The reason you have customers is because they have a need to fulfil and your product or service seems to have just the right solution for them. Lucky you!
Unfortunately, this is where the real job only begins. It’s great that you have customers but they won’t stay with your business too long if you don’t meet their needs. And customer needs are constantly changing and evolving, so just because they needed what they got from you 5 months ago will not mean that they will need the same now.
What are customer needs?
First let’s define customer needs.
HubSpot defines a customer need as ‘a motive that prompts a customer to buy a product or service.’ As Collins dictionary defines it, “If you need something, or need to do something, you cannot successfully achieve what you want or live properly without it.”
So in short, a need is the compulsory and driving factor in any customer’s decisions. This means that if a product or service does not satisfy a customer’s need, that customer will likely walk away looking for the solution elsewhere.
It is important to note that not all customer needs will be directly communicated by the customers. This is very evident in User Experience Testing.
When conducting user testing UX designers always need to remember to not ask questions like ‘Would you like x instead of y?’. This is because a user may think they know what they need but really when it comes to completing a task their natural reaction leads them in a completely different direction.
This brings us to the next point.
Customer Needs VS Wants
Customer needs often get confused with customer wants. However they are not the same. As stated above, customer needs must be met, customer wants are extra desires that can be negotiated.
In sales, when a customer says they would like to buy a computer with minimum 16GB Ram because they work in photo editing, and they want it to be blue, they will not buy any blue computer that doesn’t have 16GB Ram. However, they might be willing to negotiate and buy a red computer with 32GB Ram.
The point here is that needs are much more important than wants and they are not the same. When the needs are met, the wants, even if they are not met, can be replaced with alternatives.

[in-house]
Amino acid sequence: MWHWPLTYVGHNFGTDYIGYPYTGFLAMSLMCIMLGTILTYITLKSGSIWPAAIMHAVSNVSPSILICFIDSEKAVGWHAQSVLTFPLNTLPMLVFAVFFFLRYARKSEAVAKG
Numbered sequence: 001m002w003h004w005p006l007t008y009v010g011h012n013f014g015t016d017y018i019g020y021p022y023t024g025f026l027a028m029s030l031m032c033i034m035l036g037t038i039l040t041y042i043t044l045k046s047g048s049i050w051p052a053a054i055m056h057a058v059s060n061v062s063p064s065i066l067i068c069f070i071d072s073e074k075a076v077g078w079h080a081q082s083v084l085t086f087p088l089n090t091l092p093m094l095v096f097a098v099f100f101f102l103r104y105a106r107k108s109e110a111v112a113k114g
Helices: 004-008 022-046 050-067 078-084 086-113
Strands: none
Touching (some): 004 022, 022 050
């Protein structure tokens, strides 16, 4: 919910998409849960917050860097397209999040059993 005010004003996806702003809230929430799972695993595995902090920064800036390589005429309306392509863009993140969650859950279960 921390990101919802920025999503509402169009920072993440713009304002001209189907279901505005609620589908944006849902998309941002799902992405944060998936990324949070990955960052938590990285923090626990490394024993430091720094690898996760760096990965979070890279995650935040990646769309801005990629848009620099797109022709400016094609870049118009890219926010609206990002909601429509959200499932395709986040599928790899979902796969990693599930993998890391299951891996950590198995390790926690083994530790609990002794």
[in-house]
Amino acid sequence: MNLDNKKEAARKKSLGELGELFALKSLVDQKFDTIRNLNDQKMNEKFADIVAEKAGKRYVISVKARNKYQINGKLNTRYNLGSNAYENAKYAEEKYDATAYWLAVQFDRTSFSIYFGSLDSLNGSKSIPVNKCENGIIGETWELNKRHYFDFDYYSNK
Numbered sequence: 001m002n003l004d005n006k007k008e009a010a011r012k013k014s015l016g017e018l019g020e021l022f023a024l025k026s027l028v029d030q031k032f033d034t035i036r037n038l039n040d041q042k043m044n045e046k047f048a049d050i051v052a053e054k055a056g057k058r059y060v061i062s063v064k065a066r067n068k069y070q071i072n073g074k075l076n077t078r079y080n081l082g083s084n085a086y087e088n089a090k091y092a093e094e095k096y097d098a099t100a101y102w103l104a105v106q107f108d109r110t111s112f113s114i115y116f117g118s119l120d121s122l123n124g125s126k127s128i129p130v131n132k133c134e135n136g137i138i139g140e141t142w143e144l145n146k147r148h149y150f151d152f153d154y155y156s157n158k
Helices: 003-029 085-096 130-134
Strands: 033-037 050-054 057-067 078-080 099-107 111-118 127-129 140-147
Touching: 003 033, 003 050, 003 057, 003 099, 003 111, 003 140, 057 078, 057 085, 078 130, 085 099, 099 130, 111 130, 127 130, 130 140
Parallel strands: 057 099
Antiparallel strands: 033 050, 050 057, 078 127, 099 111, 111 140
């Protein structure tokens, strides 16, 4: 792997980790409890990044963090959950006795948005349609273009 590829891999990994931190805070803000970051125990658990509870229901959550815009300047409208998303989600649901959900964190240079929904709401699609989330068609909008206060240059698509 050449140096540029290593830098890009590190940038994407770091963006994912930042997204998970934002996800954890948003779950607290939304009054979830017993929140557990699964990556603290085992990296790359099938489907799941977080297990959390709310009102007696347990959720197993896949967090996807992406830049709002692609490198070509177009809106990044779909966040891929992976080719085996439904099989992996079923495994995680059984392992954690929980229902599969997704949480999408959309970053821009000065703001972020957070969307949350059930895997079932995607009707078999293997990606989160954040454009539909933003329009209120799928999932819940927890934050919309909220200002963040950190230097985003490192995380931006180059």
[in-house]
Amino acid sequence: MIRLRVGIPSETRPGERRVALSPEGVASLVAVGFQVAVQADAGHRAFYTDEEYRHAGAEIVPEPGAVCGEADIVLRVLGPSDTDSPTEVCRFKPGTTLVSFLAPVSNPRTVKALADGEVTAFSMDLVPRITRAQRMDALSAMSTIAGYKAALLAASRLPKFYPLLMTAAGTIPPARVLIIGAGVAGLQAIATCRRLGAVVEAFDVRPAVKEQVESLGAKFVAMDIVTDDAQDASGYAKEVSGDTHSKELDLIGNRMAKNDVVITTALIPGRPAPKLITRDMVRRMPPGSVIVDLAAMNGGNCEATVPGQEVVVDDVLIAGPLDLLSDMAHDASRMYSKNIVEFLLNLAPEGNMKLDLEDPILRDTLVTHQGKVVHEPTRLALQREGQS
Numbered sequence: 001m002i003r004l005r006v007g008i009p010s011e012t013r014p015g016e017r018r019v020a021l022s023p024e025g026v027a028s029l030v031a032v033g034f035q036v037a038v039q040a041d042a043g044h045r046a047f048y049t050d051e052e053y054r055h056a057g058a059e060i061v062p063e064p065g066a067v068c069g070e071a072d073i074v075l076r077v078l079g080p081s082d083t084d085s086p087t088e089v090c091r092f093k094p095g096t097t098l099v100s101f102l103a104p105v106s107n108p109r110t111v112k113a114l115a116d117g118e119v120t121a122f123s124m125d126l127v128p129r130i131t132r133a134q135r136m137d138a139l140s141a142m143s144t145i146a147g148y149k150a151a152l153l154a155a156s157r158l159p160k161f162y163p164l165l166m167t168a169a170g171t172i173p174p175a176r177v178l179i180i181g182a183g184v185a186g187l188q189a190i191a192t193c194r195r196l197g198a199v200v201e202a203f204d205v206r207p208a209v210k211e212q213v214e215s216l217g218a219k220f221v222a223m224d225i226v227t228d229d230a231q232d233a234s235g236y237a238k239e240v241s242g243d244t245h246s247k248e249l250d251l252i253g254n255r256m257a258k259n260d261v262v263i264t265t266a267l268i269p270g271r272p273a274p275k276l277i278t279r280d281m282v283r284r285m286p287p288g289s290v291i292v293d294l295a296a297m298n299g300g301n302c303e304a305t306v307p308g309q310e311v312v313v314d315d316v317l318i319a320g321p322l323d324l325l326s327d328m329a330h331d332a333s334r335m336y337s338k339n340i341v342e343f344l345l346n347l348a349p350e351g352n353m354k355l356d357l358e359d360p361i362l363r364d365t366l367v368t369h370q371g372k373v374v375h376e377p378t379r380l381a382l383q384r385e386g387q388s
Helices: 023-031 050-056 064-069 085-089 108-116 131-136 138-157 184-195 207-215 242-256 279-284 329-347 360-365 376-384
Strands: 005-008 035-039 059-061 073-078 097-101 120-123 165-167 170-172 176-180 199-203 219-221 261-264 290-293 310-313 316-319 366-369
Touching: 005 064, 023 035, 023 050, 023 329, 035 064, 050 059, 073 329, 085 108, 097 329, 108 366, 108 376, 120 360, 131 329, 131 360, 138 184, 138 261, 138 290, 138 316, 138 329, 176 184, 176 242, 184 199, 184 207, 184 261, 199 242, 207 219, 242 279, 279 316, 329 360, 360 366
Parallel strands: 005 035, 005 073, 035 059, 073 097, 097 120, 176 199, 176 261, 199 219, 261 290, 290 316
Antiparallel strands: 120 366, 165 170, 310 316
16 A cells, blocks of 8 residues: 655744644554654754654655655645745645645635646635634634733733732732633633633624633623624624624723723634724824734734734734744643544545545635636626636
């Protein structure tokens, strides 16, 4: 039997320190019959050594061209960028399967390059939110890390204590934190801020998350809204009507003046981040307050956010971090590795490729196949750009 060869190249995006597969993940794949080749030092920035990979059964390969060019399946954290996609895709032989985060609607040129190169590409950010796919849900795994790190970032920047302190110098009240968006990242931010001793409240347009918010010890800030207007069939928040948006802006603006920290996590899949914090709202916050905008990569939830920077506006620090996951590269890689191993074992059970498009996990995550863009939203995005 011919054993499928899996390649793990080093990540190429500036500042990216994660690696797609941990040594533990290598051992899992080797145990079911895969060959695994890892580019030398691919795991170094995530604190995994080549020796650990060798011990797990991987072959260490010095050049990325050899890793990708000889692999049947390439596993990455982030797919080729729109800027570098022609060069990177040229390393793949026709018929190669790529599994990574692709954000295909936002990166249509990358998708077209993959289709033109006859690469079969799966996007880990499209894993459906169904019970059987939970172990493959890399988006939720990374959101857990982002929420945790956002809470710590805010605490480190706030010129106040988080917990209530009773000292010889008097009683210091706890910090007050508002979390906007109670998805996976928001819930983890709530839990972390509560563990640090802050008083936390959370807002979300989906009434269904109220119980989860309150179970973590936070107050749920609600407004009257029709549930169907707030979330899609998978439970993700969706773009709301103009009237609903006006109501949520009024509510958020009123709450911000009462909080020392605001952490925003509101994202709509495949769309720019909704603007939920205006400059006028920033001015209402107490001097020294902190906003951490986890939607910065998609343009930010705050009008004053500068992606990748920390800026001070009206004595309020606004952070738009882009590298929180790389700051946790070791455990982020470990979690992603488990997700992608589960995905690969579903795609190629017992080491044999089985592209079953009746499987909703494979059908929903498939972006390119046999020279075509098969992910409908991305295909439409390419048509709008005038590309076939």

In our framework, one of the six emotional drivers is ‘You Know Me’ This driver demonstrates that you understand the customer and their specific needs and circumstances and will adapt the experience accordingly. It makes the customer feel important and valued, and builds a strong emotional bond.
Identifying Customer Needs
In order for you to be able to distinguish between needs and wants and successfully deliver a great experience to your customers you need to define and understand their needs.
There are a few ways you can identify customer needs.
A focus group is a research method in which you bring a small group of people into the same room to discuss and share opinions/ ideas. The individuals attending your focus group should be your target audience or representatives of your target audience. This method is used to gain a better understanding of how your customers feel about your product or service and your whole brand.
With focus groups you can gain a lot of qualitative data that can help you better understand their needs and wants. You should observe not only their spoken answers, but the group dynamic and their body language, as it can reveal important information.
Social Listening is the practice of analysing the trends on social media platforms that your target audience is using. It includes reading, listening and understanding what questions they ask, what their pain points are and what they are interested in.
Social listening enables you to track every mention of your brand and how your customers feel about it. This is a huge advantage that we have today that we didn’t 20 years ago. Simply by reading comments on your posts or searching your name on any social media you can quickly see what people are saying and thinking about your company.